Washington, D.C.—The Legal Action Center of the American Immigration Council applauds the Board of Immigration Appeals (Board) for advancing family unity in its June 23, 2011 decision, Matter of Le. The Board’s long-awaited ruling favorably resolves the issue of whether the child of a fiancée of a U.S. citizen (a K-2 visa holder), who legally entered the U.S. when under age 21, is eligible for adjustment of status even after turning age 21. The Board concluded that the age of the child is “fixed” at the time the child is admitted to the United States. In doing so, it rejected the Department of Homeland Security’s position that a K-2 visa holder is eligible only if he or she is under 21 at the time the adjustment of status application is adjudicated.
The Board’s decision is consistent with the position that the American Immigration Council and the American Immigration Lawyers Association advocated in amicus briefs submitted to the Board in approximately a half dozen other cases where the child turned 21 after being admitted to the United States. The noncitizens in these and the many other cases before both Immigration Judges and U.S. Citizenship and Immigration Services offices throughout the country now will be able to become lawful permanent residents as Congress intended.
Washington, D.C.—Last week, the American Immigration Council’s Legal Action Center (LAC) filed a nationwide class action lawsuit against U.S. Citizenship and Immigration Services (USCIS) and the Executive Office for Immigration Review (EOIR) in federal court in Seattle. The lawsuit alleges widespread problems with the asylum “clock”—the system that the government uses to determine when immigrants with pending asylum applications become eligible to obtain work authorization in the United States. The class certification motion describes the nationwide impact of these policies.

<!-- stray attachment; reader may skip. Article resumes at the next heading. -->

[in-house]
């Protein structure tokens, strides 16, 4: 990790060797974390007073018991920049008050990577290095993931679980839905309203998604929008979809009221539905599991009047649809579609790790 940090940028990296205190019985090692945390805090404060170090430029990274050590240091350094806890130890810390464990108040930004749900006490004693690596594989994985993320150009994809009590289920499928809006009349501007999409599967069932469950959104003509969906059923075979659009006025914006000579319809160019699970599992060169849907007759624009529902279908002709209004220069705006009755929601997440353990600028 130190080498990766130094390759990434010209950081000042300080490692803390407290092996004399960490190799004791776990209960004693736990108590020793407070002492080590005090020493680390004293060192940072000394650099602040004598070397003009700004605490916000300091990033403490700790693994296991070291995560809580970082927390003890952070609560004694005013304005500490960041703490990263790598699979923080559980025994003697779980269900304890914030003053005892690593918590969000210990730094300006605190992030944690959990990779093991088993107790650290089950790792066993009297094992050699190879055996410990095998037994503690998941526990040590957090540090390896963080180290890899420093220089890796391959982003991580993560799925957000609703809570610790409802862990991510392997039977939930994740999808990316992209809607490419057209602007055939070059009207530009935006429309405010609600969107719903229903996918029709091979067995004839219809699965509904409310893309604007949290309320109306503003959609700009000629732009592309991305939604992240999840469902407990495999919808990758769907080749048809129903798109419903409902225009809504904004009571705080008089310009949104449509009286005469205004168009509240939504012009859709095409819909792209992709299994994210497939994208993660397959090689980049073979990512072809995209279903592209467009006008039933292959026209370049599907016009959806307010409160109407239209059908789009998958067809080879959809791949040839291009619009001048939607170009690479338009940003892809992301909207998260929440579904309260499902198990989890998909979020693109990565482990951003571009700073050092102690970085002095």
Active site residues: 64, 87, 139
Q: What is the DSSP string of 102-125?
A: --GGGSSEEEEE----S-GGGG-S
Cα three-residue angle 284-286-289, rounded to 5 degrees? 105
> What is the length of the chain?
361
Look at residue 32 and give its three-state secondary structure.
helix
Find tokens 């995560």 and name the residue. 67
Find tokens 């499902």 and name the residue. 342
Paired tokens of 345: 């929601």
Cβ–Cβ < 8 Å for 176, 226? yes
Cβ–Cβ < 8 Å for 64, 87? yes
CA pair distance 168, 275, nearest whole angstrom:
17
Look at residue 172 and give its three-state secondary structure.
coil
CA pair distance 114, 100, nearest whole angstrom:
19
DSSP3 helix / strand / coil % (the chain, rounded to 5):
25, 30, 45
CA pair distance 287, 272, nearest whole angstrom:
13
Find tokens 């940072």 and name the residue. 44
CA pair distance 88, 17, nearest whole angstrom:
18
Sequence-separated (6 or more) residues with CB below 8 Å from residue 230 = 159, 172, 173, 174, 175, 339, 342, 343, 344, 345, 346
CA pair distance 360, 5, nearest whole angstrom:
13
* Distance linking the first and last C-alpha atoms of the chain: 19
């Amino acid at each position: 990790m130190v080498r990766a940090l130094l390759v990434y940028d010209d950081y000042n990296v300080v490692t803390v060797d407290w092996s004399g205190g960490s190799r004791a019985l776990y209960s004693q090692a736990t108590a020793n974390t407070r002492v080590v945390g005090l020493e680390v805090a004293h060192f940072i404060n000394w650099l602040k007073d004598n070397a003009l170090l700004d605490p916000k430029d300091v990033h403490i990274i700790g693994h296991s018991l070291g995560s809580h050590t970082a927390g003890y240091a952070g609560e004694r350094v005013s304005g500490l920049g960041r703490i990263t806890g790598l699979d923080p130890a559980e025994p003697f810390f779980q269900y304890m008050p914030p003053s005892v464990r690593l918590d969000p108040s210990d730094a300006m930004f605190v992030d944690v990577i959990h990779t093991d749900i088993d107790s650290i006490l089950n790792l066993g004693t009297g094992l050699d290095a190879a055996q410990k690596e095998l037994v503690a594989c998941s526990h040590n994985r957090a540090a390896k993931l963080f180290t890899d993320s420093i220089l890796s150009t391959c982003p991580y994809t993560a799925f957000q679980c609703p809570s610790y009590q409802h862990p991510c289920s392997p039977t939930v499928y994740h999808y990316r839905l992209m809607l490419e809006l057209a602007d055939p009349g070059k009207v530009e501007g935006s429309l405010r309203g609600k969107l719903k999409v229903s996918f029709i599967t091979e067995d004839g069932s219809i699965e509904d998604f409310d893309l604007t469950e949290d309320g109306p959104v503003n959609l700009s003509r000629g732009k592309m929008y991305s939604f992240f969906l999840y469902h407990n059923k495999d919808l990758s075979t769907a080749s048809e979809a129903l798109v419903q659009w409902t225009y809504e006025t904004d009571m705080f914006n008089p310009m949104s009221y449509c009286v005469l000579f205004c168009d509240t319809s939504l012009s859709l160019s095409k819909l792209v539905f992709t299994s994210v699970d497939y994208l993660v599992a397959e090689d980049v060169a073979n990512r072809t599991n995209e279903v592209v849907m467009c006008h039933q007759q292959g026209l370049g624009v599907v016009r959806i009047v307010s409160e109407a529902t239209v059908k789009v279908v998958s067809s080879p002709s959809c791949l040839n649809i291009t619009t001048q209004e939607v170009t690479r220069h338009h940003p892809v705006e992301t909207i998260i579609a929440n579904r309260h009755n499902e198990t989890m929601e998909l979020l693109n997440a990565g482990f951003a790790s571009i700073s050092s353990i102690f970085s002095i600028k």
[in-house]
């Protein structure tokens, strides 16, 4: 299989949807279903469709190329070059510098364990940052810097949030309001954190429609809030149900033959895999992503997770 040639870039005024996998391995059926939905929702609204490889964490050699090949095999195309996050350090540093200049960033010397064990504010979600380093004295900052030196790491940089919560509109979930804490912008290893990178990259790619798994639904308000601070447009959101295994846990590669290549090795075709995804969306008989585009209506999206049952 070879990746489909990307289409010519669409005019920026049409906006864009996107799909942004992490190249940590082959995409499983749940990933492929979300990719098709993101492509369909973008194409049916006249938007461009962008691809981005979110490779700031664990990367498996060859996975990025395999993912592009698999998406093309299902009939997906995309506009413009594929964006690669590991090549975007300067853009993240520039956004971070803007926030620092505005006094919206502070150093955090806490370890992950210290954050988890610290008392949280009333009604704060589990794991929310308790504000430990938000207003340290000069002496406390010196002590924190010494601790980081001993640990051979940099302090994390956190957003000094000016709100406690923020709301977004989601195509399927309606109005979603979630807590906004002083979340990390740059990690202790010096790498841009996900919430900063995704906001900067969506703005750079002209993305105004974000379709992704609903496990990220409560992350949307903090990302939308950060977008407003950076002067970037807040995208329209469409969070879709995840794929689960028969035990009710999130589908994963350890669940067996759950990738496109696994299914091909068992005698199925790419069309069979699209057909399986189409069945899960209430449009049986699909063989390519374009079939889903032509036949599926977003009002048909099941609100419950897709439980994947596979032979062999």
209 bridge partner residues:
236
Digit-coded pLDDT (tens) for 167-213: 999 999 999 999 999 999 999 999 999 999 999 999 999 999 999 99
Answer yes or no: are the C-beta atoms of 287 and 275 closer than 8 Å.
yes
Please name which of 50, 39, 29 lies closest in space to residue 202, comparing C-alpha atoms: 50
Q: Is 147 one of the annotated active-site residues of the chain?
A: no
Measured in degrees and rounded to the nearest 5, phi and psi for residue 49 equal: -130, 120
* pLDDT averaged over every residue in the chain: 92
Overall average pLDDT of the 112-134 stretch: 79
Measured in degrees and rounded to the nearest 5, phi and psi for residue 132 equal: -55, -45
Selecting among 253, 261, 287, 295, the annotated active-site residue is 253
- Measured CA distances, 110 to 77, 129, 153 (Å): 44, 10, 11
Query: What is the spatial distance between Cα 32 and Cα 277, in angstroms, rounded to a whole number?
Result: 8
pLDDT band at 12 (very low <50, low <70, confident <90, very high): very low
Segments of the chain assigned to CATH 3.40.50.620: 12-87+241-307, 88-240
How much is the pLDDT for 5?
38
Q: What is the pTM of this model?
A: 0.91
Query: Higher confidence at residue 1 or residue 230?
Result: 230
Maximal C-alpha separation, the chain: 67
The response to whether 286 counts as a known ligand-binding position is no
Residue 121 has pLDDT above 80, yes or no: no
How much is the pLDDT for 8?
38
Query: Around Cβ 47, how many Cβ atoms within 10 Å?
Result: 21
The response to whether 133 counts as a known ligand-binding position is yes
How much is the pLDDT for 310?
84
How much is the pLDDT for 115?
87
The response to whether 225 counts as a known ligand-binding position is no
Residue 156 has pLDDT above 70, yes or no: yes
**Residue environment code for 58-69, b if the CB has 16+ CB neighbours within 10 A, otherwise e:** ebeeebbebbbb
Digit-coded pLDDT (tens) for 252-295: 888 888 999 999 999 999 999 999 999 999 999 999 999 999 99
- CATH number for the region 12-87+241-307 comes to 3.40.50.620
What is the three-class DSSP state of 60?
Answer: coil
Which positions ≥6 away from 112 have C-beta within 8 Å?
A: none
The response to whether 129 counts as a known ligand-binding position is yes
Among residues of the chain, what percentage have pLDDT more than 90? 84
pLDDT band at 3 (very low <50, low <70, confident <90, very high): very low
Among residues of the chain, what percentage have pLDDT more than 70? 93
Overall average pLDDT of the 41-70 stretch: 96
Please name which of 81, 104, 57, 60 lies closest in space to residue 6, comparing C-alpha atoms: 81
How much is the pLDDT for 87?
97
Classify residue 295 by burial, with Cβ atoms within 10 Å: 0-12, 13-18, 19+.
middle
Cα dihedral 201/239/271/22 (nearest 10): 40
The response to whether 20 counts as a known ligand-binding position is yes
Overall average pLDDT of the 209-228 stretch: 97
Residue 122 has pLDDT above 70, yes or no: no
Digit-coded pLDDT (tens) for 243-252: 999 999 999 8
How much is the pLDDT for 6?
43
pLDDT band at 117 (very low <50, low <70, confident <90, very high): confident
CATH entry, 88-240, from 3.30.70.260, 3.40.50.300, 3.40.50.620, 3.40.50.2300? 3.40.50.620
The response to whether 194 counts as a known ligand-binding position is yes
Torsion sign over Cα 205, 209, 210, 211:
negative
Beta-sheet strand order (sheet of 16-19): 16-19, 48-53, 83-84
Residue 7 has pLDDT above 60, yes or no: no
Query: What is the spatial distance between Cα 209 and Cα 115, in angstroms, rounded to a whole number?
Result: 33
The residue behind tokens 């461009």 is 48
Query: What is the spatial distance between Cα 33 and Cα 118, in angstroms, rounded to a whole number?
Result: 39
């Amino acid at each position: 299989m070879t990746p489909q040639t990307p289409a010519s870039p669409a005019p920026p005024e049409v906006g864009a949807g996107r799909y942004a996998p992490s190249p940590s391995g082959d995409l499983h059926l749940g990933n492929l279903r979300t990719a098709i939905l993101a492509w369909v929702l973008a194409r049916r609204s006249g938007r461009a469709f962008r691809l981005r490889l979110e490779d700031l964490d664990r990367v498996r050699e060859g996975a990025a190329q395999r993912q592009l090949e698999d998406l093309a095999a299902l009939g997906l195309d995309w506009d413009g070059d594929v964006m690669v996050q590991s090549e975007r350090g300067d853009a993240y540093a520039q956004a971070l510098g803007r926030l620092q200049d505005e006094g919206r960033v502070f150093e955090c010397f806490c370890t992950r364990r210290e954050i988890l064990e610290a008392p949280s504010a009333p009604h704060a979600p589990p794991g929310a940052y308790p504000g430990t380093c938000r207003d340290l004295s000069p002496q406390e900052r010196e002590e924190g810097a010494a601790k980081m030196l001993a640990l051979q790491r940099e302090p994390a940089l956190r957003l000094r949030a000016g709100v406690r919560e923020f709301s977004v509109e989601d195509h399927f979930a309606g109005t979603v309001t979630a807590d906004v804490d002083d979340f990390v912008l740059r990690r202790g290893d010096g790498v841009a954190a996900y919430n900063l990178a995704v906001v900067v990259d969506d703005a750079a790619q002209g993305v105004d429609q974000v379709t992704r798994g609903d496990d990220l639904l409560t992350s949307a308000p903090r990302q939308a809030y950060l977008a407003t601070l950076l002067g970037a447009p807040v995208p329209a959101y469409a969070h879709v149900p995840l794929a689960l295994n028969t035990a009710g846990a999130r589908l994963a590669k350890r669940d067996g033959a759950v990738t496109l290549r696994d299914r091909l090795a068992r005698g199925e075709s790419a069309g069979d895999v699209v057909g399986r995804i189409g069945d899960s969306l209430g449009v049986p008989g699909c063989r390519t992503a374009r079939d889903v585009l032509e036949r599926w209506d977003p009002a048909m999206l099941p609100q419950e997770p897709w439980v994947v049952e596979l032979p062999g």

Updated Practice Advisory on Deferred Action for Childhood Arrivals
Washington, D.C. — The Legal Action Center (LAC) is pleased to release an updated Practice Advisory, Deferred Action for Childhood Arrivals. This Practice Advisory incorporates recent DHS guidance regarding fraudulent Social Security numbers, required evidence, and travel considerations for individuals who are requesting Deferred Action for Childhood Arrivals (DACA). It also offers strategic advice for attorneys representing individuals who may qualify for DACA. The LAC issued this advisory jointly with the American Immigration Lawyers Association and the National Immigration Project of the National Lawyers Guild.
For additional resources related to DACA, visit the Immigration Policy Center’s website.
For a complete list of all LAC Practice Advisories, please visit the LAC’s website.
Is the U.S. losing some of its juice as a destination for foreign tourists? Syed Shahid Ali, a member of the International Olympic Committee from Pakistan, raised that issue ahead of the IOC picking Rio to host the 2016 Summer Games over Madrid, Tokyo and last-place finisher Chicago.